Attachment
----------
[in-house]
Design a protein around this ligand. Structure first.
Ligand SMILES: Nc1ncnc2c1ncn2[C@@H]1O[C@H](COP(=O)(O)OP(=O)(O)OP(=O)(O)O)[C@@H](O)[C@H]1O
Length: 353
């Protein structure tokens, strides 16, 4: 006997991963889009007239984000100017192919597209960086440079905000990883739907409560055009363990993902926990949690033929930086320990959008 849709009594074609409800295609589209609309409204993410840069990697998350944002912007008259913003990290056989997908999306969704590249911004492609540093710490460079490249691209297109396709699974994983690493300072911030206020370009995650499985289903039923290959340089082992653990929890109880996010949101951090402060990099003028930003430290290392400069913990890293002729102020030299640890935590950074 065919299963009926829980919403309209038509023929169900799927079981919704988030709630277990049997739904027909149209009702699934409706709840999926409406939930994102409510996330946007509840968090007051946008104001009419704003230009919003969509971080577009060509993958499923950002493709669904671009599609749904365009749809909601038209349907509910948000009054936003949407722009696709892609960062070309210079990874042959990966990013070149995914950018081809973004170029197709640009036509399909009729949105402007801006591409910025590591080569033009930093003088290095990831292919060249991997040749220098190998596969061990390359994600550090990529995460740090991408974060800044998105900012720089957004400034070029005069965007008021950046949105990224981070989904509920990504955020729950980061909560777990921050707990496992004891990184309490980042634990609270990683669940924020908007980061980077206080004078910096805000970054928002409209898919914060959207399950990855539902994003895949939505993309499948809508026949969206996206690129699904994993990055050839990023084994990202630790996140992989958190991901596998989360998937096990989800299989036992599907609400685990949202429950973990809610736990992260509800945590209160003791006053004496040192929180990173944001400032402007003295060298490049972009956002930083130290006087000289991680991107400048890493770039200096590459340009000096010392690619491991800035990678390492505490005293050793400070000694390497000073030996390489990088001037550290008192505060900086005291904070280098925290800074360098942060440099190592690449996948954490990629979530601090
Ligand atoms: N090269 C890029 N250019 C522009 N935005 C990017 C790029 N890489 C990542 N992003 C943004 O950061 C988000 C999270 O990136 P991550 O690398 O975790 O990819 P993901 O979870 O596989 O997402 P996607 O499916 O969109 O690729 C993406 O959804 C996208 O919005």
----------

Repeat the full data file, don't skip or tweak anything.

[in-house]
Design a protein around this ligand. Structure first.
Ligand SMILES: Nc1ncnc2c1ncn2[C@@H]1O[C@H](COP(=O)(O)OP(=O)(O)OP(=O)(O)O)[C@@H](O)[C@H]1O
Length: 353
């Protein structure tokens, strides 16, 4: 006997991963889009007239984000100017192919597209960086440079905000990883739907409560055009363990993902926990949690033929930086320990959008 849709009594074609409800295609589209609309409204993410840069990697998350944002912007008259913003990290056989997908999306969704590249911004492609540093710490460079490249691209297109396709699974994983690493300072911030206020370009995650499985289903039923290959340089082992653990929890109880996010949101951090402060990099003028930003430290290392400069913990890293002729102020030299640890935590950074 065919299963009926829980919403309209038509023929169900799927079981919704988030709630277990049997739904027909149209009702699934409706709840999926409406939930994102409510996330946007509840968090007051946008104001009419704003230009919003969509971080577009060509993958499923950002493709669904671009599609749904365009749809909601038209349907509910948000009054936003949407722009696709892609960062070309210079990874042959990966990013070149995914950018081809973004170029197709640009036509399909009729949105402007801006591409910025590591080569033009930093003088290095990831292919060249991997040749220098190998596969061990390359994600550090990529995460740090991408974060800044998105900012720089957004400034070029005069965007008021950046949105990224981070989904509920990504955020729950980061909560777990921050707990496992004891990184309490980042634990609270990683669940924020908007980061980077206080004078910096805000970054928002409209898919914060959207399950990855539902994003895949939505993309499948809508026949969206996206690129699904994993990055050839990023084994990202630790996140992989958190991901596998989360998937096990989800299989036992599907609400685990949202429950973990809610736990992260509800945590209160003791006053004496040192929180990173944001400032402007003295060298490049972009956002930083130290006087000289991680991107400048890493770039200096590459340009000096010392690619491991800035990678390492505490005293050793400070000694390497000073030996390489990088001037550290008192505060900086005291904070280098925290800074360098942060440099190592690449996948954490990629979530601090
Ligand atoms: N090269 C890029 N250019 C522009 N935005 C990017 C790029 N890489 C990542 N992003 C943004 O950061 C988000 C999270 O990136 P991550 O690398 O975790 O990819 P993901 O979870 O596989 O997402 P996607 O499916 O969109 O690729 C993406 O959804 C996208 O919005």